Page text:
14
May
2019
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woman smiling mirror african american natural curly hair understanding the anatomy of hair toppik hair blog

Understanding the Anatomy of Hair

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Understanding the anatomy of hair is essential for understanding the process of hair growth. While hair color and texture may vary, the actual anatomy of our hair is essentially the same from person to person. Keep reading to learn about hair anatomy and find out how you can make your hair instantly look thicker without waiting for it to grow.

Breaking Down Hair Anatomy

The human body is covered in hair. Most of these hairs are vellus hairs, which are fine, short and colorless. But certain areas like the scalp, eyelashes and eyebrows have thicker, darker hairs called terminal hairs.

Each hair is made up of two parts: the hair shaft, which is the visible part of the structure; and the hair follicle in the scalp, which produces and grows the hair shaft.

The Hair Shaft

The hair shaft is the part of the hair anatomy that you can see on the surface of your skin. The hair shaft is primarily made up of a protein called keratin. Keratin, which is formed from the breakdown of amino acids in the proteins we eat, is also an important component of our skin and nails. This part of the hair structure is non-living, which is why haircuts don’t hurt!

The hair shaft has three parts:

Medulla – a honeycomb-like core made of sugars and amino acids
Cortex – a hard keratin layer that surrounds the medulla
Cuticle – the protective outer layer made up of overlapping keratin scales

The cortex and cuticle contain a pigment called melanin, which determines the color of your hair.

anatomy of hair cross section illustration hair strand skin follicle understanding the anatomy of hair toppik hair blog

The Hair Follicle

Otherwise known as the hair root, the hair follicle is the living part of the hair located beneath the surface of the skin. Humans have almost five million hair follicles, 80,000 to 100,000 of which are located on our scalp.  The hair follicle is the growth structure that produces the hair, and it also anchors the hair shaft in the skin.

The hair follicle is made up of four parts:

Hair Bulb

The hair bulb is located at the base of the hair follicle. This is where cells divide to form the hair shaft in a continuous cycle of growth and rest, otherwise known as the hair growth cycle (more on that below).

The hair bulb’s anatomy is made up of the dermal papilla and the matrix. The dermal papilla, located at the base of the hair bulb, contains a vascular network that nourishes the hair bulb with nutrients. Through this blood supply, the dermal papilla also receives hormonal signals that help regulate hair growth. The matrix contains melanocytes, a type of skin cell that produces the pigment that determines your hair color (the color of the hair shaft).

Sebaceous Gland

The sebaceous gland produces an oily substance called sebum that moisturizes both the hair shaft and the skin.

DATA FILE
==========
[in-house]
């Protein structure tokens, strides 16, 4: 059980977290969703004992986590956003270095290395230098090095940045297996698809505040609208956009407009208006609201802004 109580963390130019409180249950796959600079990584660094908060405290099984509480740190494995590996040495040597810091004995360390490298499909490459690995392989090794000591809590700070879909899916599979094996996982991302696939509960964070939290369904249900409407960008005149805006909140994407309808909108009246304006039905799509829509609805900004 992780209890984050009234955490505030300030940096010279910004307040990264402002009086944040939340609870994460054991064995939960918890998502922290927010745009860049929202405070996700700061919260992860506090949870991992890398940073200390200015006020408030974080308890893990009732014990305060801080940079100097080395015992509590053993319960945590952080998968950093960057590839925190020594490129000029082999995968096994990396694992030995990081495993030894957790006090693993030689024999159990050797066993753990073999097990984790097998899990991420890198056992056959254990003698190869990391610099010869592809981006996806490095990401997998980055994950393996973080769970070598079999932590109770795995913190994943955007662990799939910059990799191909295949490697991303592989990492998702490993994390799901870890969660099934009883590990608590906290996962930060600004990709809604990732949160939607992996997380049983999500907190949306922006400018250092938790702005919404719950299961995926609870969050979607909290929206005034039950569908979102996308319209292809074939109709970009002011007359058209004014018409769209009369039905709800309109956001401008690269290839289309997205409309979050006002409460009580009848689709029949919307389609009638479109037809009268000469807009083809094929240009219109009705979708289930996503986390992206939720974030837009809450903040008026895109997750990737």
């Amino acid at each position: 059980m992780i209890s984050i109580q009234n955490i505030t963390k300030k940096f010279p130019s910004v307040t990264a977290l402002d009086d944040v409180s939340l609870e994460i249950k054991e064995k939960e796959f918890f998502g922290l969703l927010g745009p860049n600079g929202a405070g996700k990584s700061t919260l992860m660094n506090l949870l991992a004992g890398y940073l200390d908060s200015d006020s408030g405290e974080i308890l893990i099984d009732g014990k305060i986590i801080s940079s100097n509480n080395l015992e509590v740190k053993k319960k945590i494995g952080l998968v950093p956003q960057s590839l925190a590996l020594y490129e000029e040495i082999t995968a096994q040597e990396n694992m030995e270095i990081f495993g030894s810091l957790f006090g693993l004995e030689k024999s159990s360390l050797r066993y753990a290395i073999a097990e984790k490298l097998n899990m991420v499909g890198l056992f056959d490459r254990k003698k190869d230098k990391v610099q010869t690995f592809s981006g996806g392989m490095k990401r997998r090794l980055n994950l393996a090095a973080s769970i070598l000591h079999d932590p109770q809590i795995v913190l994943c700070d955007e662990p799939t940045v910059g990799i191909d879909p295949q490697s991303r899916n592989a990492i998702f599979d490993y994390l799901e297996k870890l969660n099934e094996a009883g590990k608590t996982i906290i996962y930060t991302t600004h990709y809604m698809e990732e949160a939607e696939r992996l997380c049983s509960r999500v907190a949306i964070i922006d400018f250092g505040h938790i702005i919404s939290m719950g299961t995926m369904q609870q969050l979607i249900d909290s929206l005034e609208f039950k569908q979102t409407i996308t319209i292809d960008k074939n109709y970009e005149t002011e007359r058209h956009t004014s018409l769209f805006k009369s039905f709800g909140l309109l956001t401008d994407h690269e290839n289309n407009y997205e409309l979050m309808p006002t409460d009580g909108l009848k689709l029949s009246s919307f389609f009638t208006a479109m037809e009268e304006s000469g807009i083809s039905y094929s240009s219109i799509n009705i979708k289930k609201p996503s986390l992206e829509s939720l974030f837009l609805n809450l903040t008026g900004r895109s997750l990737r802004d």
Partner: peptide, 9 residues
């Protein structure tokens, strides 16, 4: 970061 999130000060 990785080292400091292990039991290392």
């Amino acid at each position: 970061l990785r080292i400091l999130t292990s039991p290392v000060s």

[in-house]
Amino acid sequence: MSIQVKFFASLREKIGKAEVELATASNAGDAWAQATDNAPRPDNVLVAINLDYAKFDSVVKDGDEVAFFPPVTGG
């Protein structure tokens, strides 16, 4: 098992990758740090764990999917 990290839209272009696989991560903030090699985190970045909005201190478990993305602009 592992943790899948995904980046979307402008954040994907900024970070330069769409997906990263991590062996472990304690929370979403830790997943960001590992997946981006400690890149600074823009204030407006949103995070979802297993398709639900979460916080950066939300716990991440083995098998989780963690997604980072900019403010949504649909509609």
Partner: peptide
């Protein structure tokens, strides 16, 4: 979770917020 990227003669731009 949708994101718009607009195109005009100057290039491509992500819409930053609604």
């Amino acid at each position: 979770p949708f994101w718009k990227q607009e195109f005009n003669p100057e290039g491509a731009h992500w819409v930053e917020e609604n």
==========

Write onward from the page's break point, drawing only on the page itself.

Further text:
The Inner and Outer Root Sheath

These protein structures contain and protect the hair follicle.

Arrector Pili Muscle

The arrector pili is a small muscle attached to the hair follicle. When the arrector pili muscle contracts, it literally causes the hair to stand on end. This is what causes goosebumps.

How the Hair Anatomy Can Affect Hair Growth

Here are examples of how two parts of the hair anatomy, the hair shaft and the dermal papilla, can affect hair length and hair growth:

  • Damage to the hair shaft can cause breakage, limiting hair length, which can make it seem like hair growth has slowed down. Following healthy hair care habits like reducing heat styling, chemical straightening treatments and bleaching can help minimize breakage and damage.
  • If the dermal papilla doesn’t receive proper nutrients from the blood supply, the hair bulb will be less able to efficiently manufacture new hair cells. That’s why eating a healthy, balanced diet is so important for hair growth.
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How to Get Thicker-Looking Hair Now

If you’re looking to boost your confidence and make fine, thin hair look thicker while you wait for new hair growth, Toppik Hair Building Fibers can help. Toppik Hair Fibers are made from keratin, the same protein as in human hair. So they add the look of thickness are are virtually undetectable. Just shake or spray Toppik Fibers into areas where you would like to see extra thickness, and lock the fibers in place with Toppik FiberHold Spray. Toppik Fibers are an instant solution to make fine or thin hair look great!

Do you have questions about hair anatomy and how hair grows? Ask us in the comments section below.

Colleen Welsch is a freelance beauty writer and blogger specializing in hair care, hair growth education and beauty.

2 Responses

    1. Toppik is a cosmetic product that makes hair look thicker, but washes out easily with shampoo. If you follow the directions for topical use, it shouldn’t cause side effects like these. Thank you

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